An Ardara mother-of-three who admitted stealing €8,500 from Glenties Dyslexia Workshop while working as its treasurer, has been given an 18 months jail sentence which will be suspended on payment of compensation at the next sitting of Donegal Circuit Court in December.
44-year-old Fionula Laverty, Garvegort, Glebe, Ardara admitted 10 counts of the theft of money totalling €8,500, property of Glenties Dyslexia Workshop.
The offences were carried out on dates between August 2012 and December 2015 at Ulster Bank Letterkenny; Ulster Bank Ardara; Darnell’s Supermarket and Service Station, Portnoo Road, Ardara; Iniskeel Co-op, Main St, Glenties; and Diver’s Newsagents, Ardara.
The separated mother, who has two children who are dyslexic, also pleaded guilty to using a false instrument, by forging seven cheques in the name of Anne O’Donnell on the account of Glenties Dyslexia Workshop.
The seven offences occurred on dates on or before September 18, 2012 and June 25, 2014.
The offences are contrary to Section 25 of the Criminal Justice (Theft and Fraud Offences) Act 2001.
The judge imposed a jail sentence of 18 months concurrent on all 17 counts before the court but he said they would be suspended in full when he found out who exactly needed to be compensated with the €8,500 which the defendant had gathered as restitution.
And he also wanted to know in December, how much of the outstanding €10,000-€12,000 had been paid to the Revenue, a figure that emerged in earlier evidence.
Breach of trust
In sentencing the defendant, whose actions caused the workshop to close for over three years, Judge John Aylmer said her crime was a “significant breach of trust” from a woman whose victim was the charity she worked for.
The judge said the defendant had “fallen from grace” and “some members of her own family shun her.”
Garda Manus O’Donnell told the court earlier that the Glenties Dyslexia Workshop had been set up to help children of all ages in the area who had that condition in the mid 1990s.
Fionula Laverty was treasurer from 2009-2015 and had access to the funds.
But the charity was disaffiliated by Dyslexia Association of Ireland for non-payment of tax and it was discovered that the defendant had been writing cheques for herself and taking cash from some church gate collections to fund and pay back some of the revenue debts.
When interviewed in April 2017 she admitted cashing the cheques and forging the name of Anne O’Donnell on the cheques.
The garda agreed under cross-examination from defence counsel Peter Nolan that this was “out of character” for the defendant.
Her situation was widely known in the small town of Ardara.
Mr Nolan said she was well known in the area, was separated and had three children which she supported, and her husband was now in Northern Ireland.
She was paying a mortgage and her husband was not supporting her and there were no trappings of a lavish lifestyle, the court heard. The defendant used the money to pay to feed her family.
Her mortgage was not paid and there had been a repossession matter, but she was now a tenant of Donegal County Council in what was her former home.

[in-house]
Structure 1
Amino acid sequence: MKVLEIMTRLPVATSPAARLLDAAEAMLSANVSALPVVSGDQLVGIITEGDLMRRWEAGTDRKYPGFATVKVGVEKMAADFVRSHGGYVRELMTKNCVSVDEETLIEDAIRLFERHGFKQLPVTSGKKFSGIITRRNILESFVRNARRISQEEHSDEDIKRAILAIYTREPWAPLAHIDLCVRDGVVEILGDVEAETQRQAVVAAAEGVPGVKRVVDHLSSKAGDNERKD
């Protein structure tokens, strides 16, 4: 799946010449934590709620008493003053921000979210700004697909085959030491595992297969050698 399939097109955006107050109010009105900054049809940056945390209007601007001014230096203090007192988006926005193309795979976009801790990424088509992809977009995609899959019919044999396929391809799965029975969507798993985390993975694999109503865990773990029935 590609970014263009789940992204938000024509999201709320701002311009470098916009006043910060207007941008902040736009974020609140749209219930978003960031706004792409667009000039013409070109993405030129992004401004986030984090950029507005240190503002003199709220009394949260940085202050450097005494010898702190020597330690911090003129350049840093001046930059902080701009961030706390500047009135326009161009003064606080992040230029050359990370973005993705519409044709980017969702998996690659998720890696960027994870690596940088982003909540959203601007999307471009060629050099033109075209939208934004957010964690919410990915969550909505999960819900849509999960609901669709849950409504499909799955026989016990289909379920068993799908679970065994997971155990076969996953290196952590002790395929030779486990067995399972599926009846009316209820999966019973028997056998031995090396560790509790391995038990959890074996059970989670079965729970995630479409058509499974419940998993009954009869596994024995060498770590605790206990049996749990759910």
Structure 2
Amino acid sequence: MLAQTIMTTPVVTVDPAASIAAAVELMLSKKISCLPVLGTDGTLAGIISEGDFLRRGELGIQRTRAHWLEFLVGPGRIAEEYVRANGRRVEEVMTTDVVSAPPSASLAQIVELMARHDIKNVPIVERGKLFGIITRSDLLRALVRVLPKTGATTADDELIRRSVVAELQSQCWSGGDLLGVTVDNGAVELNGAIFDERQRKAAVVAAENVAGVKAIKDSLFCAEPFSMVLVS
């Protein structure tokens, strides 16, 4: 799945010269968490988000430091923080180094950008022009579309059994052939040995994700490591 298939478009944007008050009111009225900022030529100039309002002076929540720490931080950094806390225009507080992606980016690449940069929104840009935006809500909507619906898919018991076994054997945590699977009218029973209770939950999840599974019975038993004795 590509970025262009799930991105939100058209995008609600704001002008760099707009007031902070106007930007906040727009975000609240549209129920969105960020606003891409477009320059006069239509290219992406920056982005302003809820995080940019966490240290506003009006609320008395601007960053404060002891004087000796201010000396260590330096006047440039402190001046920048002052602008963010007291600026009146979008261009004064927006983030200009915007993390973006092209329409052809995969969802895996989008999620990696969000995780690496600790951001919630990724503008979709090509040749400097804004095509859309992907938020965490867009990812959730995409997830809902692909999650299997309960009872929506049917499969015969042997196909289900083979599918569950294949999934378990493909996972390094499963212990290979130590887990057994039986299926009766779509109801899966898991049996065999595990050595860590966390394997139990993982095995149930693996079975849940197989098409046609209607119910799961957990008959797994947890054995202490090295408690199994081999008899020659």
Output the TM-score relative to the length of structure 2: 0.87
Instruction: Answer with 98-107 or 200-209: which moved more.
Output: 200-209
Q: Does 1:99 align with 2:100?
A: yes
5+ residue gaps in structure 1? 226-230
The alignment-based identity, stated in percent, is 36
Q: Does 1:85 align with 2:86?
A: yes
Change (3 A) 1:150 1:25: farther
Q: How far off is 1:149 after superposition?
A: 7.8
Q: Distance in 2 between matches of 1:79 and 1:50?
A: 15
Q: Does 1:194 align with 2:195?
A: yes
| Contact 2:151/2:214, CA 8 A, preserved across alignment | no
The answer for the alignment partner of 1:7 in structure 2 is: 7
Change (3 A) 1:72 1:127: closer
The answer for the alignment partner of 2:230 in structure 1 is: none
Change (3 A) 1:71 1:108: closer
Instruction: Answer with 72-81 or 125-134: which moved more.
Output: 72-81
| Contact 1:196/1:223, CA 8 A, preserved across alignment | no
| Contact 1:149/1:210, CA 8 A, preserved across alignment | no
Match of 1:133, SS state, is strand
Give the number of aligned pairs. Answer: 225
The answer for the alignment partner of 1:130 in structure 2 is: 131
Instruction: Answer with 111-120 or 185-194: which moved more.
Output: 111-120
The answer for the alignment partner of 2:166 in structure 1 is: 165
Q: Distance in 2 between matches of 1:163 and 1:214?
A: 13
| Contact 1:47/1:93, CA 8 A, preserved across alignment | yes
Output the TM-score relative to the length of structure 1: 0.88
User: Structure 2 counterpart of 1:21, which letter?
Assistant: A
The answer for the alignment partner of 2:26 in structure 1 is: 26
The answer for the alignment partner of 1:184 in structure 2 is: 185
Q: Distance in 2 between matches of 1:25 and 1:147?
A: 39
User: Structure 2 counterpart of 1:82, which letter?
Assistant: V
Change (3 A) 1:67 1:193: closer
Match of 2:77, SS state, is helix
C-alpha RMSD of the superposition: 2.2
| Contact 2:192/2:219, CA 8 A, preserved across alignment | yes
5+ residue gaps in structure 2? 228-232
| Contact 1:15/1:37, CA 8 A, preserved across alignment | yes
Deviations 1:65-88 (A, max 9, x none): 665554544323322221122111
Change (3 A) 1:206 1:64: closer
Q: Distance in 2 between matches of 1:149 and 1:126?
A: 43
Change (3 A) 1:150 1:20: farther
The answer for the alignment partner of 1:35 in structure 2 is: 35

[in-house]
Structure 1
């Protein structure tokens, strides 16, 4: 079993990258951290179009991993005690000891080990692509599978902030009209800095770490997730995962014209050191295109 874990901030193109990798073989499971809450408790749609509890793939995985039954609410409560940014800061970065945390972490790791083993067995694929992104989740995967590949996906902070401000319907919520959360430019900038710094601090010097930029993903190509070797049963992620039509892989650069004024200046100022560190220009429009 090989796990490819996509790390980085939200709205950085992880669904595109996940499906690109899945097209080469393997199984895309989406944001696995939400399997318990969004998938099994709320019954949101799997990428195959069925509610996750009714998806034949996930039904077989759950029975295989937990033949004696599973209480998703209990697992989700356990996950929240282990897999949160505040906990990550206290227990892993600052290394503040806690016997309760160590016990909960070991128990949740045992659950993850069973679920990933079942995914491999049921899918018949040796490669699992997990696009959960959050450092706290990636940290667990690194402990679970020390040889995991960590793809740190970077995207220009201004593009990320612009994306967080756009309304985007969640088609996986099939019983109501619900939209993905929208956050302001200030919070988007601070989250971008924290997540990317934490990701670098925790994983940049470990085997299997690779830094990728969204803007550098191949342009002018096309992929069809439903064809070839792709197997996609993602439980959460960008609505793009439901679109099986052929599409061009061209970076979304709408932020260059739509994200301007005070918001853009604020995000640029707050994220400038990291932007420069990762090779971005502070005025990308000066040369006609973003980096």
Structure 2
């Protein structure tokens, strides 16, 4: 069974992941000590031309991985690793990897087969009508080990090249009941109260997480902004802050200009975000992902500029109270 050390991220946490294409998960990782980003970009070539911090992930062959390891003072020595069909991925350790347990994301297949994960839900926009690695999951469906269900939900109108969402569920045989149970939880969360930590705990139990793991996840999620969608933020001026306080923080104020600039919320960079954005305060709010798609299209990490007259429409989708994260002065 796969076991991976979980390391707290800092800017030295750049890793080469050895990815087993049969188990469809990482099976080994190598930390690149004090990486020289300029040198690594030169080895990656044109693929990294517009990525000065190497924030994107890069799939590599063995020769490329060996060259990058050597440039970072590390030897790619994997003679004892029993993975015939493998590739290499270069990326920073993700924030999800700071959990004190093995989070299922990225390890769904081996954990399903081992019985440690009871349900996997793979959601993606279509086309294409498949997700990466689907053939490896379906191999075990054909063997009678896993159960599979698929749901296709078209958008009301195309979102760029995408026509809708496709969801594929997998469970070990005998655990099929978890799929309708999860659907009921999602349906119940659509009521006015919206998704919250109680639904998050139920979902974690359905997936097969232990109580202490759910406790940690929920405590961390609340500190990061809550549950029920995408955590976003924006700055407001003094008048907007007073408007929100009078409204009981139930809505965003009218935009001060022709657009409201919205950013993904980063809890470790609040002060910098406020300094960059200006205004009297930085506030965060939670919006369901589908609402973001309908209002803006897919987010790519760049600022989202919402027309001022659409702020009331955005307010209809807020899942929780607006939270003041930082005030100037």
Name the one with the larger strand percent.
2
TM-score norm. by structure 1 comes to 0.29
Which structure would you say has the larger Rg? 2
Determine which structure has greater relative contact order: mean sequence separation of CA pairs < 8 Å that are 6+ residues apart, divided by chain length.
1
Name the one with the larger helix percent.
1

The defendant’s actions were known in her area and “thanks to the Fourth Estate” even more people would know about those actions, the counsel suggested.
When Mr Nolan suggested to Garda O’Donnell that the defendant’s actions were “an aberration,” the garda said he would “like to think so.”
State prosecutor Patricia McLaughlin said the defendant’s actions had caused a major effect in the community which catered for children and all ages.
Fionula Laverty told the court she wanted to apologise to the parents, children, committee of the Dyslexia Workshop, the DAI and especially Anne O’Donnell whom she had “dragged into” this matter.
Mrs Laverty said she had tried to apologise in person to Anne O’Donnell but “she understandably does not talk to me.”
Her marriage broke down in 2017 and she was the sole breadwinner for her three children who were 22, 18 and 16 and she had taken in another stepchild which her husband had from a previous relationship.
The defendant said her actions were well known in Ardara and there were some shops she could not go into in the town as some members of the dyslexia committee were working in them. She said she sat in her car when her sons went to play football.
Her husband knew about the house repossession but she claimed he did nothing to help her.
She would not be able to find any work in Ardara and she received €260 Illness Benefit per week.
Defence counsel Mr Nolan said the defendant was “overwhelmed with shame and remorse” and was living in a small town where she is “ostracised and will never recover her reputation.”
Mr Nolan said the early plea had spared a complex case and the defendant had gathered €8,500 to pay back and would continue to make restitution.
The counsel said a custodial sentence would not advance matters, it would retard matters and it would stop her getting the money to finish making restitution.
Judge Aylmer said these were serious offences and it was carried out over a period of three years.
It was quite clear the defendant had suffered and would continue to suffer a significant fall from grace “where she was previously a very highly respected member of a small community and that was why she was treasurer and now she is shunned as a consequence of her involvement in these offences.”
It was clear she would not get a job in the future with “any financial duties.”
Her offences were not to fund a lavish lifestyle but day to day and rearing her family where she was under considerable financial pressure.
“It was an aberration in her previous good character.”